▶︎ The Falcon and the Winter Soldier (six episodes) is streaming on Disney+, with a new episode every Friday.
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After the reality-bending WandaVision, Marvel’s second series created for the Disney+ streaming service posts a ‘back to normal’ notice. Staying away from the meta stuff, New World Order – the first episode of The Falcon and the Winter Soldier – smoothly continues the serialised superheroics-with-soap format of earlier MCU TV efforts, the network series Agent Carter and Agents of SHIELD, and Netflix skeins with ‘street-level’ characters like Daredevil and Jessica Jones.
An extended opening finds Sam Wilson (Anthony Mackie), aka the Falcon, using robot-wings in Bond-style action (distantly evoking flying hero serials like King of the Rocket Men) against an as-yet-nebulous bad guy organisation whose USP bizarrely chimes with the UK Twitterstorm of the week (they’re the Flag Smashers, and hate all patriotic symbols). Meanwhile, Bucky Barnes (Sebastian Stan), aka the Winter Soldier, is in therapy, working on personal reparations for the harm he did when brainwashed as a Soviet assassin (it’s a long backstory). Conveniently, he spends the couch session on a flashback that shows off his action chops.
In this first episode, the title characters never meet – but they triangulate on the not-exactly-dead Steve Rogers, aka Captain America, who is a big absence in this fictional world and their lives. Bucky was Steve’s pal in World War II and now inherits the man-out-of-time theme, while Sam befriended the defrosted Captain America in Captain America The Winter Soldier.
As in WandaVision, this series gives supporting actors who’ve tended to get lost in melées – Bucky was a plot point rather than much of a presence in Captain America Civil War – a shot at something more nuanced. It may be a calculated payoff for the studio’s policy of casting overqualified performers. If talent signing on as mid-list characters get a platform down the line as strong as that afforded Elizabeth Olsen and Paul Bettany, it’s worth putting up with green screen, a wire harness and upstaging by Spider-Man. Mackie and Stan show some range, but so far their roles feel constrained – especially since a Disney+ series seems unlikely to address the particular elephant in this particular room.
Recently, Marvel Comics earned wokeness points by declaring that a new character will be the first openly gay Captain America – though cynics note this announcement retrospectively shoves Steve Rogers in a closet to straightwash The Falcon and the Winter Soldier, which could easily be interpreted as a fractious team-up of Steve’s two ex-boyfriends. It’s implicit that Sam or Bucky could both wield the shield (as they have, at various times, in the comics) but the cast list also includes Wyatt Russell – barely-glimpsed in this episode – as John Walker, aka the Cap-styled US Agent (created in comics as the first openly Republican Captain America, since Steve is by implication an FDR Democrat). It seems likely drama will develop around superheroic succession, though a lot of time is spent establishing that Sam’s sister is struggling to keep the family’s small fishing business afloat – suggesting a B- or C-story that’ll root the conflicts in real-world problems.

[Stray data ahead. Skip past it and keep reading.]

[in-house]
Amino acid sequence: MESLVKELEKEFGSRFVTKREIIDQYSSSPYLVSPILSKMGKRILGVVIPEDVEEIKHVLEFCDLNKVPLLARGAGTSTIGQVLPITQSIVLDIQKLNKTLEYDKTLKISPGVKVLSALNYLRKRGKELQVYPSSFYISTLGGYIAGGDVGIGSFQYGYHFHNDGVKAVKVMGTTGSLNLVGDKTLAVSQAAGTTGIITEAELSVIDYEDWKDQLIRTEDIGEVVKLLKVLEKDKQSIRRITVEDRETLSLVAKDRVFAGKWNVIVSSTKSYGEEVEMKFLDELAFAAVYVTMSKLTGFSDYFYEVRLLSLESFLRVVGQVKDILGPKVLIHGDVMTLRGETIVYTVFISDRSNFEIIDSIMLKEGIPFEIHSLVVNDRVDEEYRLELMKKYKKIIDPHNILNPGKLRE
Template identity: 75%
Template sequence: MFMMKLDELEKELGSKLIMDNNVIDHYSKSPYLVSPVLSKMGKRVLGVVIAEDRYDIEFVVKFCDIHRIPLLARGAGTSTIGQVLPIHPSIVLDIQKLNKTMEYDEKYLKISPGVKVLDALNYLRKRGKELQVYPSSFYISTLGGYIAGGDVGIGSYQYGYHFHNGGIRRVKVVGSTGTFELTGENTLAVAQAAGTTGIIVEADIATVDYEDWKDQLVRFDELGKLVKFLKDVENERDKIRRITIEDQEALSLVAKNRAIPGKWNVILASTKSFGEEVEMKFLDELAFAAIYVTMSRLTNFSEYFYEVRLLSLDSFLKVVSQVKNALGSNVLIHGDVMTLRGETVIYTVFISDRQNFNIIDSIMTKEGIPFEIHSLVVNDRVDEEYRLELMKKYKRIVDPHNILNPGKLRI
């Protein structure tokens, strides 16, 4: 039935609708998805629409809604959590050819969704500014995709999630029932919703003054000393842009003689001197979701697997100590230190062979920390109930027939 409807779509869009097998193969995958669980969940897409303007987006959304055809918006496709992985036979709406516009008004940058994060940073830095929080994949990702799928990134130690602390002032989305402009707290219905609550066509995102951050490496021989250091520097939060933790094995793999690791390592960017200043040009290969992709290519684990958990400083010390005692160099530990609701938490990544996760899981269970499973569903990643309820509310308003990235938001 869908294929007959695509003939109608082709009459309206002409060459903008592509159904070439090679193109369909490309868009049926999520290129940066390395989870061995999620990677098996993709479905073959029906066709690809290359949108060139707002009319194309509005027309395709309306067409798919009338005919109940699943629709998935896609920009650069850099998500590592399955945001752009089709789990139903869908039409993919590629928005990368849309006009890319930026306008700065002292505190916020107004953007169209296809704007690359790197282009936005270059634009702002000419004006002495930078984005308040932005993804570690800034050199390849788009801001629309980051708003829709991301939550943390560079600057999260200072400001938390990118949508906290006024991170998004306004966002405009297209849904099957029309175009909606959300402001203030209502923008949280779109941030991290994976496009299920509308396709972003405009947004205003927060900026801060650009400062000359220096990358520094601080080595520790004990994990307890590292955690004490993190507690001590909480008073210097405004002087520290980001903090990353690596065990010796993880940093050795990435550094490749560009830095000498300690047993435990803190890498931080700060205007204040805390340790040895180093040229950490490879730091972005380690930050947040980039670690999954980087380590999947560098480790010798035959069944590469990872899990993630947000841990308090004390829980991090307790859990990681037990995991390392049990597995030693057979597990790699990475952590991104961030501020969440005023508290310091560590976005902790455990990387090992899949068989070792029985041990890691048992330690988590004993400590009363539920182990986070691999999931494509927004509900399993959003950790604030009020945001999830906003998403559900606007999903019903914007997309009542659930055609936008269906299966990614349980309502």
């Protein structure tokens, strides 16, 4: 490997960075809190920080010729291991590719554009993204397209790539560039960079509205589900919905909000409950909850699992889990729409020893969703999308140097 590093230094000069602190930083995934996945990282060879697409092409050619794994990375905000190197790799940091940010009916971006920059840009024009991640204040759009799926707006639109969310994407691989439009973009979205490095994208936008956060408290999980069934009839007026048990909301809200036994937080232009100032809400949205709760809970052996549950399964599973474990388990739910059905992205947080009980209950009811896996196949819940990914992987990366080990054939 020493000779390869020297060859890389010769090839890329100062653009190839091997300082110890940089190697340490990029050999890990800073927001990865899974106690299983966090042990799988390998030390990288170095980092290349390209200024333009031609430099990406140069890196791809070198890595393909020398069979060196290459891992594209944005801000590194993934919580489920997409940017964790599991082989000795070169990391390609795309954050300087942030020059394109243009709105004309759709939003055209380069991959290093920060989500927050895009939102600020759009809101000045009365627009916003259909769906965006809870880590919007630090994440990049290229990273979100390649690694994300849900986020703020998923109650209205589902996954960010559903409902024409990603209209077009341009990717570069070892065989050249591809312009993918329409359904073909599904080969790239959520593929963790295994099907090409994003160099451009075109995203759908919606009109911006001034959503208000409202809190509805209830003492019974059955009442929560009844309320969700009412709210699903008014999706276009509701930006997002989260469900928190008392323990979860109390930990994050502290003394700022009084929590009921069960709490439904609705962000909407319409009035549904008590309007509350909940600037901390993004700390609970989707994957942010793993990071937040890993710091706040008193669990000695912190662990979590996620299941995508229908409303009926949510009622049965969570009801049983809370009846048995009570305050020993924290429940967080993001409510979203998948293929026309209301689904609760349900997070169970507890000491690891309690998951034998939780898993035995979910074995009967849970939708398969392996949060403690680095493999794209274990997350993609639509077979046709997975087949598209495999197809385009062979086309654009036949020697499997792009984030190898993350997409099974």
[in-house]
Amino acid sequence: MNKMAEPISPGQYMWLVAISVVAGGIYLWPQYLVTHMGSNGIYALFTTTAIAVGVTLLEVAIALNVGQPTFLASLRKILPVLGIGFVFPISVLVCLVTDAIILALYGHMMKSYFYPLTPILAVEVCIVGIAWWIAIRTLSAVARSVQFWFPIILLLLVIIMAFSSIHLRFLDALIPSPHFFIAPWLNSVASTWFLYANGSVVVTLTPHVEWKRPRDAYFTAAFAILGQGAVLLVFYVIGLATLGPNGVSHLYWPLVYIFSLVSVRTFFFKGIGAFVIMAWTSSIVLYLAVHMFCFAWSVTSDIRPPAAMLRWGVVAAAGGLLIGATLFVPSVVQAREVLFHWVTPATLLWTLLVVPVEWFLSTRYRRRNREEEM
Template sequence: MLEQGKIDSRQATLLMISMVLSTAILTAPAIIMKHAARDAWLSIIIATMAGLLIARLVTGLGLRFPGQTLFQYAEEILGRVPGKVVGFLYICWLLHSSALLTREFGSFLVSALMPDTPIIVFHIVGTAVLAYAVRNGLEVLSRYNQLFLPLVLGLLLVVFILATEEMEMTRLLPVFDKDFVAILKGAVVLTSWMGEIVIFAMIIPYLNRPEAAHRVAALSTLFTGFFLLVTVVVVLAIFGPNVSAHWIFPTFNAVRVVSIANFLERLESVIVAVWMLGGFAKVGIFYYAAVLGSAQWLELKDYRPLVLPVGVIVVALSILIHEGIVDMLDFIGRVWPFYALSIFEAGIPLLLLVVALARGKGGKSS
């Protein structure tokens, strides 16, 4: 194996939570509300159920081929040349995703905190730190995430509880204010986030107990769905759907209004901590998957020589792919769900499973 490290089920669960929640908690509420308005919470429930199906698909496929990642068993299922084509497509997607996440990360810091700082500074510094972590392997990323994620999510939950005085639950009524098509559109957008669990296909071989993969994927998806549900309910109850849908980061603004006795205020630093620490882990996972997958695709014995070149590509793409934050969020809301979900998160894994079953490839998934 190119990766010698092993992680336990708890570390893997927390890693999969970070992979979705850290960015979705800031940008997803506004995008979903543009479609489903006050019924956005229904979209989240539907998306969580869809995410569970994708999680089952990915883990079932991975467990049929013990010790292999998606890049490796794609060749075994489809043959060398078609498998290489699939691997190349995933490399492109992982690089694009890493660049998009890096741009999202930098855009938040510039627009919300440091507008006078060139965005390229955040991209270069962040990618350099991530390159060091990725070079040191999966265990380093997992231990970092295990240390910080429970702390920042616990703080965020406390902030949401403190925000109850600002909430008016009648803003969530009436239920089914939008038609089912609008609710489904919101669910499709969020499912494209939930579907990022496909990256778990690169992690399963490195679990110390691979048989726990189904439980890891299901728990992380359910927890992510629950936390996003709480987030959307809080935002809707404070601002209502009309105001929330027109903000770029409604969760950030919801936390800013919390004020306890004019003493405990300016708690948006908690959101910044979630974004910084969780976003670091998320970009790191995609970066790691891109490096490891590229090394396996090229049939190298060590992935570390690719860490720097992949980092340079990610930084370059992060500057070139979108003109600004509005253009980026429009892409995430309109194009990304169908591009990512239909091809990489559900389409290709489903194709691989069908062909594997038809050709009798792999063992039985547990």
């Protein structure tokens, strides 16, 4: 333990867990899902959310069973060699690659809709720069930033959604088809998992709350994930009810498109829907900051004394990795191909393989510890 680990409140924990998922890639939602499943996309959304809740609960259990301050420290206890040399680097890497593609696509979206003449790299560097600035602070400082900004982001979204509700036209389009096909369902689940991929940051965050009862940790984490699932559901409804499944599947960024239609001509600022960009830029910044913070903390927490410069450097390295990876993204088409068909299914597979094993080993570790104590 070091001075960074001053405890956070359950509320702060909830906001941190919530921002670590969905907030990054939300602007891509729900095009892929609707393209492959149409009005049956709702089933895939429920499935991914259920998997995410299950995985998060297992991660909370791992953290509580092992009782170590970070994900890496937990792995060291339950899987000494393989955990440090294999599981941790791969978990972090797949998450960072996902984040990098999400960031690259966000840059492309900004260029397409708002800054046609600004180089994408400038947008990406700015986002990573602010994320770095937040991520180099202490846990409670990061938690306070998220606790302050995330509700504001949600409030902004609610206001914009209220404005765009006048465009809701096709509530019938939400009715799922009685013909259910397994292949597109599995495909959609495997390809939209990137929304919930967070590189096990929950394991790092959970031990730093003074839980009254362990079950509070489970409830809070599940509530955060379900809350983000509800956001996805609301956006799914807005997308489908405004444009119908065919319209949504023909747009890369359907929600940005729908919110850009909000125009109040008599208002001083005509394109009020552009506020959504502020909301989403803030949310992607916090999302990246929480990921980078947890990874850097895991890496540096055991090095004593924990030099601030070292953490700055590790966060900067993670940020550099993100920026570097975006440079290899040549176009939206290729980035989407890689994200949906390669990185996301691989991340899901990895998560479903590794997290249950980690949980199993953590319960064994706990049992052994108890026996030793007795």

So far, the mission of The Falcon and the Winter Soldier is to deliver a Cap-less Captain America series with cinematic action and conspiracy-theory plot complications. To this end, it’s handy that the Flag Smashers have recruited savate-specialist Batroc, with kickboxer Georges St-Pierre returning from The Winter Soldier, to provide the Falcon with a worthy opponent in fight scenes (a rarity in Marvel projects, where heroes more often fight each other).
It’s a risk to build a pop-appeal series around characters who feel they can’t measure up to an absent ideal – embedding the inferiority complex serialised TV has in the shadow of the cinema into the actual plot. But, at Marvel, the weaker, more troubled heroes often make for the strongest drama.
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Sight & Sound May 2021
In our current issue, Barry Jenkins talks truth, justice and his powerfully resonant series adaptation of Colson Whitehead’s The Underground Railroad. Plus Promising Young Woman and the virgin/whore trope, Aubrey Plaza on Black Bear, Martin Scorsese’s discovery of Joe Pesci, Dea Kulumbegashvili’s Beginning, and a classic Satyajit Ray interview. Available in print and digitally.Find out more and get a copy